When word comes that a public figure is ailing, newsrooms prepare an obituary for the impending death.

But what to do if that figure could live another umpteen years before toppling over and none of us remains to read the obit? That may be the case with the 206-foot Sitka spruce, an Oregon tourist attraction that officials say is on its last roots. Rather than wait indefinitely for the tree just east of Seaside to die, we present this "pre-obituary" for when the spruce—the largest in the nation—actually takes a tumble.

Oregon's much-beloved Sitka spruce, known to friends as the Klootchy Creek Giant, will always be remembered as "a part of Oregon," says big-tree hunter Maynard Drawson.

Sprouting an estimated 750 years ago, the giant spruce began ascending to its eventual height of 206 feet sometime during the Mongol empire. Coastal Indians were the tree's only human companions for centuries, until white pioneers came on foot in the late 19th century, then motorists came on minivan in the mid-20th century.

As many as 100,000 visitors a year pulled off nearby Highway 26 to the Oregon Coast to check out the behemoth.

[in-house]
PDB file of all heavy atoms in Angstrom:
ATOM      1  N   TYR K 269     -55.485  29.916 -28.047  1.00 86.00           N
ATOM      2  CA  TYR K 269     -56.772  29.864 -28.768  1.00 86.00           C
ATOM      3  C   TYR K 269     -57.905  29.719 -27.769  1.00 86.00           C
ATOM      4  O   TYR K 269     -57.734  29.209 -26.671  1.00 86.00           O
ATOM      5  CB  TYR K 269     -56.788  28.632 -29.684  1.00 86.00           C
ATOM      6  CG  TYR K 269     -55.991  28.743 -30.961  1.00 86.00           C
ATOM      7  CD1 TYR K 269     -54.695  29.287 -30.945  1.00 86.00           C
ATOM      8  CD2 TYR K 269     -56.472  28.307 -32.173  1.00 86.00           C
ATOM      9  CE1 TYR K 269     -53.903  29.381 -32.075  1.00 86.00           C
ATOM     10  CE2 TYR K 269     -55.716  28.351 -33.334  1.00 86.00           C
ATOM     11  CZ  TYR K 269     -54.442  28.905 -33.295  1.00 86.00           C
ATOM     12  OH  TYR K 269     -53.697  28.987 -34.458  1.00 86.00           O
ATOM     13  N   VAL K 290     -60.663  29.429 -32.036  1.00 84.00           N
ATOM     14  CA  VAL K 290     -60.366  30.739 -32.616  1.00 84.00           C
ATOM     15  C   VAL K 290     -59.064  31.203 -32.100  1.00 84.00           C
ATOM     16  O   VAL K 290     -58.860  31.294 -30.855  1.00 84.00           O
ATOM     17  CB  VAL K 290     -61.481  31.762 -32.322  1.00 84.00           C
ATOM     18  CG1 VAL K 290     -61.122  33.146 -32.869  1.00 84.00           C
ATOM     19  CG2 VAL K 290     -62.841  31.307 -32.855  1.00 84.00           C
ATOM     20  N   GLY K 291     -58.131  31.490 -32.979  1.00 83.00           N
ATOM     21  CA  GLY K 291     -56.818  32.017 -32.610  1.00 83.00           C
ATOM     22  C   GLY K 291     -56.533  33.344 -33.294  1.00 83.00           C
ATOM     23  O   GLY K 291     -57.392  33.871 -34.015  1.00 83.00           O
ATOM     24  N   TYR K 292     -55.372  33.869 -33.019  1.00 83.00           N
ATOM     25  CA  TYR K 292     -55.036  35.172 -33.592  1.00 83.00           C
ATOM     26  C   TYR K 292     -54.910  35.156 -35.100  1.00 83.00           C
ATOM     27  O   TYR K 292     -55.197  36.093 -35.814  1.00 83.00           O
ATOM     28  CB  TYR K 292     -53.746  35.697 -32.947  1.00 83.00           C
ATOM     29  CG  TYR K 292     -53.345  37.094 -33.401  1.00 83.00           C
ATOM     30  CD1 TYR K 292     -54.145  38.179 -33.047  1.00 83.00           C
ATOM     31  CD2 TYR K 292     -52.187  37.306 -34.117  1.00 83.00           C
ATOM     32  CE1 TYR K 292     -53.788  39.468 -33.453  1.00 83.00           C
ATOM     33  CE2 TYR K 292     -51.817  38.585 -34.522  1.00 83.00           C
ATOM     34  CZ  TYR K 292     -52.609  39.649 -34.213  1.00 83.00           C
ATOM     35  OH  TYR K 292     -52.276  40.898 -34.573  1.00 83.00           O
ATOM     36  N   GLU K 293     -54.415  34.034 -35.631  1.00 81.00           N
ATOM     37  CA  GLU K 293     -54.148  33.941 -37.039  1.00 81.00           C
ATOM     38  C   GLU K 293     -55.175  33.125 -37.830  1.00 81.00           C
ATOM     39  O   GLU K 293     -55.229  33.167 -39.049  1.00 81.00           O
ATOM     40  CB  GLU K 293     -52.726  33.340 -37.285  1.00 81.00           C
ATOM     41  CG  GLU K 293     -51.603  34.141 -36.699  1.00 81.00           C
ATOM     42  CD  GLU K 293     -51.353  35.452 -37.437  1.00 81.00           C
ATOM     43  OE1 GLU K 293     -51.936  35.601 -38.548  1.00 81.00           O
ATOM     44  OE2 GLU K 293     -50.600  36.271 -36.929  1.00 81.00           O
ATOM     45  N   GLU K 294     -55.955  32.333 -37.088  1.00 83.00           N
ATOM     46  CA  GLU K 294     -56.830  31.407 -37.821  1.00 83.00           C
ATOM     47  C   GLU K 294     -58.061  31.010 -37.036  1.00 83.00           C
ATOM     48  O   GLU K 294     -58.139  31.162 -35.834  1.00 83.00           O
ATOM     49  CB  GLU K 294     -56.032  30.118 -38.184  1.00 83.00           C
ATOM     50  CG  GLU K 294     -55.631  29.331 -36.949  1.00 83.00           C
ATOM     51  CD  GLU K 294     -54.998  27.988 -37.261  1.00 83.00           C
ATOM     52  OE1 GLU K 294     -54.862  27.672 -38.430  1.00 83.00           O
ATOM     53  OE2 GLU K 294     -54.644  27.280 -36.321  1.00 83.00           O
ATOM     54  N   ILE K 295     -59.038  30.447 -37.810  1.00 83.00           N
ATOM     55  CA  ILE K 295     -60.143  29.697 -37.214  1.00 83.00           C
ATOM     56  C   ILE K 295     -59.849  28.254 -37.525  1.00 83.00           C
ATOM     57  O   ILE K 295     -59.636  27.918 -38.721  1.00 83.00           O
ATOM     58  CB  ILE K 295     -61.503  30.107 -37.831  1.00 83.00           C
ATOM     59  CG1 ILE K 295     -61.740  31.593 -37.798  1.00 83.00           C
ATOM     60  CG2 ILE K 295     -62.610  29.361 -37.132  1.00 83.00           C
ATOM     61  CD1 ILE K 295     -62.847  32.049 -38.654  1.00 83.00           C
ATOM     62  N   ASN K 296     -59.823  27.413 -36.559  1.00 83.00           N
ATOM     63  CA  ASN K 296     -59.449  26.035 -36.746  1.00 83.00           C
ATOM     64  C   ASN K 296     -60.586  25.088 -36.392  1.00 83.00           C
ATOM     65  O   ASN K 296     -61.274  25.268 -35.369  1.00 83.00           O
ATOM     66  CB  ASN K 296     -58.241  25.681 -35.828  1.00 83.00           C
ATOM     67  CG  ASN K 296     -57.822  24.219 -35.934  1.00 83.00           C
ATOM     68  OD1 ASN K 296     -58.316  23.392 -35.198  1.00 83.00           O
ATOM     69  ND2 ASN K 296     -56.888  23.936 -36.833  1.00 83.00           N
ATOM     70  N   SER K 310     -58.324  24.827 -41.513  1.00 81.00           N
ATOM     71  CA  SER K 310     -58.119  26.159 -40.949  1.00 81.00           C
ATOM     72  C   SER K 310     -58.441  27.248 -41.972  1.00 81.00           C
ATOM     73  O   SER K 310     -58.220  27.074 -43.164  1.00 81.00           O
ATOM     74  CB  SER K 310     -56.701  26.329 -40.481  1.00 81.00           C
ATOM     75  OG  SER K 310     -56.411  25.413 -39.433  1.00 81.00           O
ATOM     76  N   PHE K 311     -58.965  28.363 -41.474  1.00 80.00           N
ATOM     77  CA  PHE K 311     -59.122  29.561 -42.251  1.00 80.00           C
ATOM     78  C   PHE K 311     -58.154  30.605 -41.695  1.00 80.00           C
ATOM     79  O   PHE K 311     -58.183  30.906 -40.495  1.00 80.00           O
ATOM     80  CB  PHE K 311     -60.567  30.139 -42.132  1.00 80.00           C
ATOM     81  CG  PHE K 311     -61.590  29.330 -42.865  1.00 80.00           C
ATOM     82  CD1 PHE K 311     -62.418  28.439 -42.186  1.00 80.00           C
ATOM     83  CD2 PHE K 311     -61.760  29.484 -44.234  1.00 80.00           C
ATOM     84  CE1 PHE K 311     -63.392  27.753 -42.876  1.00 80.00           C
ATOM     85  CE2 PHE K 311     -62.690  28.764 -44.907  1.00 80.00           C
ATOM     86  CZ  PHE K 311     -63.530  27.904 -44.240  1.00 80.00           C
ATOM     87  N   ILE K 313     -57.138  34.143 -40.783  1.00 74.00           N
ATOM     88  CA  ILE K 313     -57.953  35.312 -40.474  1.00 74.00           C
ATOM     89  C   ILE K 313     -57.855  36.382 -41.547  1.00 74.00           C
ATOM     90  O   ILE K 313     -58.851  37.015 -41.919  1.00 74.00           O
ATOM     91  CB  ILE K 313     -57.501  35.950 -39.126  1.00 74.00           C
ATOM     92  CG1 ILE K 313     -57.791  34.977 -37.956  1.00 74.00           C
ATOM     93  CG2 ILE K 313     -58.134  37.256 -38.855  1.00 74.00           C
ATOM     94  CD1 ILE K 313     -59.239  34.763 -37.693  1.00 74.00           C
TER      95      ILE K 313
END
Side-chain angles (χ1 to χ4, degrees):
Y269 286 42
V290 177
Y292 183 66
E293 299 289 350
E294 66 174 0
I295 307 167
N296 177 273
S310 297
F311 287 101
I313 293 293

But the tree was ailing as far back as 50 years ago, when lightning first tore its side open and left a spiral scar 20 feet long and 18 inches wide. That caused the tree to stoop but not fall. Then, in December 2006, fierce windstorms tore away a chunk of its trunk, revealing a rotting interior.

The danger of its falling prompted local officials to require visitors to stand 165 feet away from the tree, whose trunk had grown to a circumference of 56 feet.

Perhaps the fondest memories of the spruce came from Drawson, a retired Salem barber who in 1997 helped the giant become the state's first Heritage Tree, a designation aimed at increasing public awareness about trees' contribution to Oregon history.

Drawson, who has written five books about Oregon and has a meatloaf named after him at a Salem cafe, lamented in 2007: "That tree to me is the end of my world. When the tree goes down, I'll be gone."

Drawson also recalled how in the 1940s, Clarence Richen, a logger for the Crown Zellerbach Corp., persuaded company owners to spare the tree for posterity.

"That was a miracle," Drawson sighs.